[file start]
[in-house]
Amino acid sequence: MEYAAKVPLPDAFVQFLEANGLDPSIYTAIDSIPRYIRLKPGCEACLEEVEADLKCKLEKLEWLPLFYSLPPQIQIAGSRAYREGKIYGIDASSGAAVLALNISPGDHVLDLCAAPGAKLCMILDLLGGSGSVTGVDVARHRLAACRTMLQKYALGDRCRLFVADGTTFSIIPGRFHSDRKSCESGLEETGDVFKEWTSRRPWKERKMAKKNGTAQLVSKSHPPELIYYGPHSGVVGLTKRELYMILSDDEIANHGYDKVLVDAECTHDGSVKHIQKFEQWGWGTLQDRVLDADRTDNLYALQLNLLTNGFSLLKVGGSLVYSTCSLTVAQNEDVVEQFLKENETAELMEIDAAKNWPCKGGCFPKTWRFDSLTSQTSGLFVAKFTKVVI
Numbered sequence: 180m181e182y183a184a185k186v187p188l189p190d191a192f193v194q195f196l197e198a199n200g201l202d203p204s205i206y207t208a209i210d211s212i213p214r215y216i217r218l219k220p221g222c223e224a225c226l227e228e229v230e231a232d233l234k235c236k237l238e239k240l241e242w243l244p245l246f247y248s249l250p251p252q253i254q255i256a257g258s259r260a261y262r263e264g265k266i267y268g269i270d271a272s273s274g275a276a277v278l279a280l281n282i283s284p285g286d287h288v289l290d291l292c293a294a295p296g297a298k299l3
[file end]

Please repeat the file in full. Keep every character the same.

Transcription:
[in-house]
Amino acid sequence: MEYAAKVPLPDAFVQFLEANGLDPSIYTAIDSIPRYIRLKPGCEACLEEVEADLKCKLEKLEWLPLFYSLPPQIQIAGSRAYREGKIYGIDASSGAAVLALNISPGDHVLDLCAAPGAKLCMILDLLGGSGSVTGVDVARHRLAACRTMLQKYALGDRCRLFVADGTTFSIIPGRFHSDRKSCESGLEETGDVFKEWTSRRPWKERKMAKKNGTAQLVSKSHPPELIYYGPHSGVVGLTKRELYMILSDDEIANHGYDKVLVDAECTHDGSVKHIQKFEQWGWGTLQDRVLDADRTDNLYALQLNLLTNGFSLLKVGGSLVYSTCSLTVAQNEDVVEQFLKENETAELMEIDAAKNWPCKGGCFPKTWRFDSLTSQTSGLFVAKFTKVVI
Numbered sequence: 180m181e182y183a184a185k186v187p188l189p190d191a192f193v194q195f196l197e198a199n200g201l202d203p204s205i206y207t208a209i210d211s212i213p214r215y216i217r218l219k220p221g222c223e224a225c226l227e228e229v230e231a232d233l234k235c236k237l238e239k240l241e242w243l244p245l246f247y248s249l250p251p252q253i254q255i256a257g258s259r260a261y262r263e264g265k266i267y268g269i270d271a272s273s274g275a276a277v278l279a280l281n282i283s284p285g286d287h288v289l290d291l292c293a294a295p296g297a298k299l3